By early September 2015, a Virginia Tech team had sampled water from 252 homes and reported on their website, flintwaterstudy.org, that the city’s 90th percentile lead level was 25 ppb. EPA’s action limit is based on a 90th percentile calculation, meaning that if 10% of homes exceed the agency’s 15-ppb threshold, then action is required.
That same month a team led by Mona Hanna-Attisha, a pediatrician at Hurley Children’s Hospital, in Flint, released data showing that the number of Flint children with elevated levels of lead in their blood had increased since the water change. In areas with the highest lead concentrations in the water, about 10% of the children had elevated blood levels of the element. Lead is neurotoxic and can disrupt children’s development, leading to behavioral problems and decreased intelligence.
With evidence of lead contamination mounting, Flint switched back to the Detroit water in October.
Why did the switch to Flint’s river water cause this catastrophe?
To understand the problem, consider that as water travels through the miles of pipes in a city’s distribution system, molecules in the water react with the pipes themselves. “The distribution system acts like a geochemical reactor,” says Haizhou Liu, an environmental engineer at the University of California, Riverside. “There are miles and miles of pipes—some iron, copper, and lead—that get corroded.” This corrosion occurs when oxidants, such as dissolved oxygen or chlorine disinfectant, react with elemental iron, lead, or copper in the pipes.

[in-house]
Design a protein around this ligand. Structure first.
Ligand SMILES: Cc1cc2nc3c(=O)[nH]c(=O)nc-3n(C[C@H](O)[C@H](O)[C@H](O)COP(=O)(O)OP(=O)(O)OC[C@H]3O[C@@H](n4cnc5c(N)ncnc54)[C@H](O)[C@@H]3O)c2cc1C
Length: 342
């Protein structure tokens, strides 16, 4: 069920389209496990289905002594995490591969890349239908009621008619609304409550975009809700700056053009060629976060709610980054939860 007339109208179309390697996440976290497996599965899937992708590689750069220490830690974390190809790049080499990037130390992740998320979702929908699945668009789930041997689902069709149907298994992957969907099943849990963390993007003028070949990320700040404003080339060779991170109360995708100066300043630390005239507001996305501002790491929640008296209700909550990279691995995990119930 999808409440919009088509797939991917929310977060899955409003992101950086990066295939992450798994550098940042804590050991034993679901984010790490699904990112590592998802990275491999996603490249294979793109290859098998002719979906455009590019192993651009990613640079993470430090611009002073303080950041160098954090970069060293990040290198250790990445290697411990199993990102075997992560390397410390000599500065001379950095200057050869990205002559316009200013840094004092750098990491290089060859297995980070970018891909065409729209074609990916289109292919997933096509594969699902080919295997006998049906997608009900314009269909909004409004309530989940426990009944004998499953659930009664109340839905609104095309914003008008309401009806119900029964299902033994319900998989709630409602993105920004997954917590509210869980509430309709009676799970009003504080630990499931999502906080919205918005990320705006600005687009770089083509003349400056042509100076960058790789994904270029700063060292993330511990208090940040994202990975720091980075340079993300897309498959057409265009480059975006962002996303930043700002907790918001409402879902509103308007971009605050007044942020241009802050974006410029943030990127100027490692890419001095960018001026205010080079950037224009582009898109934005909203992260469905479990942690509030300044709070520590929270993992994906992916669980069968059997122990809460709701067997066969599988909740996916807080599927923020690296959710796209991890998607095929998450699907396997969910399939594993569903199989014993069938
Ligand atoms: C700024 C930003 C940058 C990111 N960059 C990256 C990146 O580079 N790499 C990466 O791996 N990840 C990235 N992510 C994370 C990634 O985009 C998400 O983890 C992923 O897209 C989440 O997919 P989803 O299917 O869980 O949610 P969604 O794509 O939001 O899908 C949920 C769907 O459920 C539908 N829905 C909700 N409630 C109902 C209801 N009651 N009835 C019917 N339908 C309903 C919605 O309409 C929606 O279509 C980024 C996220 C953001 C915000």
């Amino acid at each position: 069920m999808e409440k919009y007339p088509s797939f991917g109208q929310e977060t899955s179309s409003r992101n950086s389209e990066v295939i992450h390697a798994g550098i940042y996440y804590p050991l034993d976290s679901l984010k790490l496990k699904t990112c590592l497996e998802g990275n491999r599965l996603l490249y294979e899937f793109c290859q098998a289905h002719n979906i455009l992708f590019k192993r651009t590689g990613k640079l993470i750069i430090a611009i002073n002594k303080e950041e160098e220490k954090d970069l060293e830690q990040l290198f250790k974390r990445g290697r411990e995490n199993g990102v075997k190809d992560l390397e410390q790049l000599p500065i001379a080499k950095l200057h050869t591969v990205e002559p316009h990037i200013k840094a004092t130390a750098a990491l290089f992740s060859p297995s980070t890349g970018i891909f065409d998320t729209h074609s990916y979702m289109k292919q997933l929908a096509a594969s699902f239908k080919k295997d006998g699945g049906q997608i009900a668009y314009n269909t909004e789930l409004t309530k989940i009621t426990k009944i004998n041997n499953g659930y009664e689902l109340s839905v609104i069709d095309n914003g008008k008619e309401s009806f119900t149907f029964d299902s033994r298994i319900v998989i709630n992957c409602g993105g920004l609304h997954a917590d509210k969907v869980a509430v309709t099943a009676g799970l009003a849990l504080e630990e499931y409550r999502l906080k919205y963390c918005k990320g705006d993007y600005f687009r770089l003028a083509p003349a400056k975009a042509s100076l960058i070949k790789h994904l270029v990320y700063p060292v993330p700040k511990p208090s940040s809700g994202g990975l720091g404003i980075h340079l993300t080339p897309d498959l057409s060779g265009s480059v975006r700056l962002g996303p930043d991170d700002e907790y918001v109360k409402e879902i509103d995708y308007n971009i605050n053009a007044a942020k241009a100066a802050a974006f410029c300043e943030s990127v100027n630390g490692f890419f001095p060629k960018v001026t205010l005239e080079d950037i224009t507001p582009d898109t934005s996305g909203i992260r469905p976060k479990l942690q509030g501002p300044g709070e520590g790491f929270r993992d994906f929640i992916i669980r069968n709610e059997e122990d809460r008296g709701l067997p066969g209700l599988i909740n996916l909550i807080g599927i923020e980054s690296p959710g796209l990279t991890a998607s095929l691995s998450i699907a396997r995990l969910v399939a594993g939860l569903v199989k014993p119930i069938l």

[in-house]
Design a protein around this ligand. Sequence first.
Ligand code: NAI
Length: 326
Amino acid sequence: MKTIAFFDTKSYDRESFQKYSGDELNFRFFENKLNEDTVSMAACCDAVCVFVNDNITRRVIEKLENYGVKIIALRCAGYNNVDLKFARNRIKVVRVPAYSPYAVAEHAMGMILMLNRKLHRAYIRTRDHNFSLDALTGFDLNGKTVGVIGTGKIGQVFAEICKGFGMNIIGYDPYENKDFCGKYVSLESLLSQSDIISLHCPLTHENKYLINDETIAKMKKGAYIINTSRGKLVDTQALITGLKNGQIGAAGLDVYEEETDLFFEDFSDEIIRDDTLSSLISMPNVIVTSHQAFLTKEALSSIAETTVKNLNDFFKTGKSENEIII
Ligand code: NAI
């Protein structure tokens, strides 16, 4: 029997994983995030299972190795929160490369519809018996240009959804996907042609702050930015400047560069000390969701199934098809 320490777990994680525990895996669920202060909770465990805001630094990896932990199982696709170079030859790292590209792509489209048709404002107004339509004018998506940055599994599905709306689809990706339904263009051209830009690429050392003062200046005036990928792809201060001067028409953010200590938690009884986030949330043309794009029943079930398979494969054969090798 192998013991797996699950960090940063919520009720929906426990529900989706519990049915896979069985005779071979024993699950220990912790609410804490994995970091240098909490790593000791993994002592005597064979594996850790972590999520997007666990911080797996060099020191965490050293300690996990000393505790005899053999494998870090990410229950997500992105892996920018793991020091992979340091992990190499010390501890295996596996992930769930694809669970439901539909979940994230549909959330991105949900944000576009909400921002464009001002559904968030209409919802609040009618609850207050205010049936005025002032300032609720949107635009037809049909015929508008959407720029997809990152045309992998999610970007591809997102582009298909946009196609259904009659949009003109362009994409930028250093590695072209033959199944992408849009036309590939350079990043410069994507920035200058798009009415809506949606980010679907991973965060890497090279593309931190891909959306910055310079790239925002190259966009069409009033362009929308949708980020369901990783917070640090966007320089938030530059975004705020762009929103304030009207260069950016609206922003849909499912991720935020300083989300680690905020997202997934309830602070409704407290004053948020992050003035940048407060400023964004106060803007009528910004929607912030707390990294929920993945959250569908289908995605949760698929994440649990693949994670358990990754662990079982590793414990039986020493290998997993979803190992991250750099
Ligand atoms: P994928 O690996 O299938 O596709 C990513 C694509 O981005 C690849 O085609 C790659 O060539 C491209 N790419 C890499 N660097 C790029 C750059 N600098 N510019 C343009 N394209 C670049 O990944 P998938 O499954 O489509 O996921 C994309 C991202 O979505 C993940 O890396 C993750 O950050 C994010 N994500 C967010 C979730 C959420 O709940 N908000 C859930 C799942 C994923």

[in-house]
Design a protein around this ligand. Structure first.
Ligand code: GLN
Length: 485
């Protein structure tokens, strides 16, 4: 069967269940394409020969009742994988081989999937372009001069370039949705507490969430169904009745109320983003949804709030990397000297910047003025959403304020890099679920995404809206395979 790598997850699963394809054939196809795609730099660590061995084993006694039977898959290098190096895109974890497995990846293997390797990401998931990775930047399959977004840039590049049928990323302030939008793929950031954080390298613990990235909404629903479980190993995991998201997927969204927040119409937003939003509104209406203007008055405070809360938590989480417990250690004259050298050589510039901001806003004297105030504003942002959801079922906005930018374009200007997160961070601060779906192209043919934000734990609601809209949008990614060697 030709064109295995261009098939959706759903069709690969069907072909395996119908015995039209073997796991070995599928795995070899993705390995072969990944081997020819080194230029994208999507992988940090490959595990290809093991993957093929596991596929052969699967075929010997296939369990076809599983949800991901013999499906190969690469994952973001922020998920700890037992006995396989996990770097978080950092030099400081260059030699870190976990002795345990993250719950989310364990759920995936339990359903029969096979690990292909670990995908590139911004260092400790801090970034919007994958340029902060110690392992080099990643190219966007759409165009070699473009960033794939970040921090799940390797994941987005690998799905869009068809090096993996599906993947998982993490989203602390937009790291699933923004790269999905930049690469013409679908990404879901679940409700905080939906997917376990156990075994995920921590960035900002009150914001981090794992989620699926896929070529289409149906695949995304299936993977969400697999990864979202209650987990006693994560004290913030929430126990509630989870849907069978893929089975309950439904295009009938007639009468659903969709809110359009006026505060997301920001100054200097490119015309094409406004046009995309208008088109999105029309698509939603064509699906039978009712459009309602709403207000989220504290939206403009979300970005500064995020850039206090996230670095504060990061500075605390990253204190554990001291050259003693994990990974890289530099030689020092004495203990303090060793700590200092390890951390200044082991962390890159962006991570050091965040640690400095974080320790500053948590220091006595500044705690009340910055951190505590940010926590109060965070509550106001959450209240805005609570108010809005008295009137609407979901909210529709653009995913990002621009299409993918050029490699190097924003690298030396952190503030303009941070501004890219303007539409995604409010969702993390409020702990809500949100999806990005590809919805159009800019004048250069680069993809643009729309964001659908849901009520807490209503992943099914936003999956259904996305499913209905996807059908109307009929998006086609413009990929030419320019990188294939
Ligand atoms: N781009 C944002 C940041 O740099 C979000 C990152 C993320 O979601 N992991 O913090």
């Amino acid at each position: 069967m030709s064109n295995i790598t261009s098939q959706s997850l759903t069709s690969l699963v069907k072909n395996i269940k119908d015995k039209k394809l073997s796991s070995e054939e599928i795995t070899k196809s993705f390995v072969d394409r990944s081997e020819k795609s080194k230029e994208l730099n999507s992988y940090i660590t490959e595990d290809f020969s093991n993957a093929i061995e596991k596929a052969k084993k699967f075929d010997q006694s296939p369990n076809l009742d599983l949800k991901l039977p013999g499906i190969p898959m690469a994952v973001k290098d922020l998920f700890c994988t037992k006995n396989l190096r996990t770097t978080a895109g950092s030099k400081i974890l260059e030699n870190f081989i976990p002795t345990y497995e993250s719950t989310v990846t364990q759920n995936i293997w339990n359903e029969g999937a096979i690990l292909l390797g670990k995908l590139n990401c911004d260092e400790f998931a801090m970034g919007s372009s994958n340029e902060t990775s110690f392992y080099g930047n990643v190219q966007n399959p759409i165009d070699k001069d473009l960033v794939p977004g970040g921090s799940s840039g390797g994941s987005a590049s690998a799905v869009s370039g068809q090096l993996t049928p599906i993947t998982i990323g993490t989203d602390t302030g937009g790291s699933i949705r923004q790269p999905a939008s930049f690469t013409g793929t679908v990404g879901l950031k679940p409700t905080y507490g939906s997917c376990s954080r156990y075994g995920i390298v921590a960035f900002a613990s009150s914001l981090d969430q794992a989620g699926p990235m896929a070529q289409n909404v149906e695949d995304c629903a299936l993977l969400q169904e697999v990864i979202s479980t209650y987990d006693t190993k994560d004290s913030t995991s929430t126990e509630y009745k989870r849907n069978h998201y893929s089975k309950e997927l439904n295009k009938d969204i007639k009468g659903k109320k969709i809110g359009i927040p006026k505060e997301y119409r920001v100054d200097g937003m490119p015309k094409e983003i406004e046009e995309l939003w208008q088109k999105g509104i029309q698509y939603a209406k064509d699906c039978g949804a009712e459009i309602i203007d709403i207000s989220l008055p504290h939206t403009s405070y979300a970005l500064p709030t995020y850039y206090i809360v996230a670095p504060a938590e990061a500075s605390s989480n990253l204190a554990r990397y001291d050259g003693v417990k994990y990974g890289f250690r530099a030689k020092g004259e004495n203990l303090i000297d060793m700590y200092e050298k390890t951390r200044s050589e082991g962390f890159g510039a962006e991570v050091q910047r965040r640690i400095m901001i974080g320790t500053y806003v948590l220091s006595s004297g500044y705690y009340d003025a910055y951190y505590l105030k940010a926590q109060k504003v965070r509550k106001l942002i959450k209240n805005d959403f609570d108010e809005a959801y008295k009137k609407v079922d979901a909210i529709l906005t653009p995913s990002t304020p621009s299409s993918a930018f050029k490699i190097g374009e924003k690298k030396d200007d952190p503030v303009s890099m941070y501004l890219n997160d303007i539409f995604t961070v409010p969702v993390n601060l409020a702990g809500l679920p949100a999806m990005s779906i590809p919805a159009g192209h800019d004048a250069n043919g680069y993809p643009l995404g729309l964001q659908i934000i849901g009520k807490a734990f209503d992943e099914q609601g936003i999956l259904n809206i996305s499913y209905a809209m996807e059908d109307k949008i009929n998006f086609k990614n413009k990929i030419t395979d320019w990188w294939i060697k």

Cities no longer install lead pipes. But older cities such as Flint still rely on them, usually as service lines that connect water mains in the street to a home’s water meter. A 1990 report from the American Water Works Association estimates there are millions of lead service lines in the U.S. To limit how much lead leaches into the water from these pipes and some homes’ plumbing, EPA’s Lead & Copper Rule requires water utilities serving more than 50,000 people to establish a plan to monitor and control corrosion.
The Passivation Layer: As Important as the Pipe Itself
As part of these plans, utilities treat their water to maintain a mineral crust on the inside surfaces of their pipes. This so-called passivation layer protects the pipes’ metal from oxidants in the water. The coatings consist, in part, of insoluble oxidized metal compounds produced as the pipe slowly corrodes.
If the water’s chemistry isn’t optimized, then the passivation layer may start to dissolve, or mineral particles may begin to flake off of the pipe’s crust. This exposes bare metal, allowing the iron, lead, or copper to oxidize and leach into the water.